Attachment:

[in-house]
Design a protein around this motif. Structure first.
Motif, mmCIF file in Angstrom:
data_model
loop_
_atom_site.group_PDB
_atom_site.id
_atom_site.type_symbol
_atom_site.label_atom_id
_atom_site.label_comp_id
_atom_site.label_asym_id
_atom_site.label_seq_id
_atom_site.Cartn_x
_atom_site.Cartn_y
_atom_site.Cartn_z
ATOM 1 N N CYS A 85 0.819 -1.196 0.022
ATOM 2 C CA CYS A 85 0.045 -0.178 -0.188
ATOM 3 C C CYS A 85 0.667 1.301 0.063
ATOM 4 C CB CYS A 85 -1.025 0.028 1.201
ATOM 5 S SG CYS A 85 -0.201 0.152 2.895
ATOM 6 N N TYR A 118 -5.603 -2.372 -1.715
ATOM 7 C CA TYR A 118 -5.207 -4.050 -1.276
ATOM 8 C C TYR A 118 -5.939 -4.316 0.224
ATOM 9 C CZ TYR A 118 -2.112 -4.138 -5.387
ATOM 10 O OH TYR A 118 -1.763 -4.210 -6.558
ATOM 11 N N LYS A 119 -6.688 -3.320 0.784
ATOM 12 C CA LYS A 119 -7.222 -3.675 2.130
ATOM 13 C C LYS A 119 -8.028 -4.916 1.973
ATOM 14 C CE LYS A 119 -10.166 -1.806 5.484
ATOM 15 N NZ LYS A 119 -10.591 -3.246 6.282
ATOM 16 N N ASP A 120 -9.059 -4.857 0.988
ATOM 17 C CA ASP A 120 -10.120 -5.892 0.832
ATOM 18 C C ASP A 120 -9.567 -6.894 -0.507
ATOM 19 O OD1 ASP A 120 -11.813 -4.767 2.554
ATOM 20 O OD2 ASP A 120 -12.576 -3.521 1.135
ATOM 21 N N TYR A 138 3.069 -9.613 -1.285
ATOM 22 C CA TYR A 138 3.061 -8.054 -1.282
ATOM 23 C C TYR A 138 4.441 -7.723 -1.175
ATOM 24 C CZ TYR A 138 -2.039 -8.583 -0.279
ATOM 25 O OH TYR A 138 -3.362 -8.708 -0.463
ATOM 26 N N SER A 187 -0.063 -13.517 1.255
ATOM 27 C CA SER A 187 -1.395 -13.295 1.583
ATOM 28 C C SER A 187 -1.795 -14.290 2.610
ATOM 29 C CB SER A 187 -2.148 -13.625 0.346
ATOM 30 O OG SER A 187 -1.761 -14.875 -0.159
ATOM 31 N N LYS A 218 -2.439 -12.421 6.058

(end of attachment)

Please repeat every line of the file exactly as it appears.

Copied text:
[in-house]
Design a protein around this motif. Structure first.
Motif, mmCIF file in Angstrom:
data_model
loop_
_atom_site.group_PDB
_atom_site.id
_atom_site.type_symbol
_atom_site.label_atom_id
_atom_site.label_comp_id
_atom_site.label_asym_id
_atom_site.label_seq_id
_atom_site.Cartn_x
_atom_site.Cartn_y
_atom_site.Cartn_z
ATOM 1 N N CYS A 85 0.819 -1.196 0.022
ATOM 2 C CA CYS A 85 0.045 -0.178 -0.188
ATOM 3 C C CYS A 85 0.667 1.301 0.063
ATOM 4 C CB CYS A 85 -1.025 0.028 1.201
ATOM 5 S SG CYS A 85 -0.201 0.152 2.895
ATOM 6 N N TYR A 118 -5.603 -2.372 -1.715
ATOM 7 C CA TYR A 118 -5.207 -4.050 -1.276
ATOM 8 C C TYR A 118 -5.939 -4.316 0.224
ATOM 9 C CZ TYR A 118 -2.112 -4.138 -5.387
ATOM 10 O OH TYR A 118 -1.763 -4.210 -6.558
ATOM 11 N N LYS A 119 -6.688 -3.320 0.784
ATOM 12 C CA LYS A 119 -7.222 -3.675 2.130
ATOM 13 C C LYS A 119 -8.028 -4.916 1.973
ATOM 14 C CE LYS A 119 -10.166 -1.806 5.484
ATOM 15 N NZ LYS A 119 -10.591 -3.246 6.282
ATOM 16 N N ASP A 120 -9.059 -4.857 0.988
ATOM 17 C CA ASP A 120 -10.120 -5.892 0.832
ATOM 18 C C ASP A 120 -9.567 -6.894 -0.507
ATOM 19 O OD1 ASP A 120 -11.813 -4.767 2.554
ATOM 20 O OD2 ASP A 120 -12.576 -3.521 1.135
ATOM 21 N N TYR A 138 3.069 -9.613 -1.285
ATOM 22 C CA TYR A 138 3.061 -8.054 -1.282
ATOM 23 C C TYR A 138 4.441 -7.723 -1.175
ATOM 24 C CZ TYR A 138 -2.039 -8.583 -0.279
ATOM 25 O OH TYR A 138 -3.362 -8.708 -0.463
ATOM 26 N N SER A 187 -0.063 -13.517 1.255
ATOM 27 C CA SER A 187 -1.395 -13.295 1.583
ATOM 28 C C SER A 187 -1.795 -14.290 2.610
ATOM 29 C CB SER A 187 -2.148 -13.625 0.346
ATOM 30 O OG SER A 187 -1.761 -14.875 -0.159
ATOM 31 N N LYS A 218 -2.439 -12.421 6.058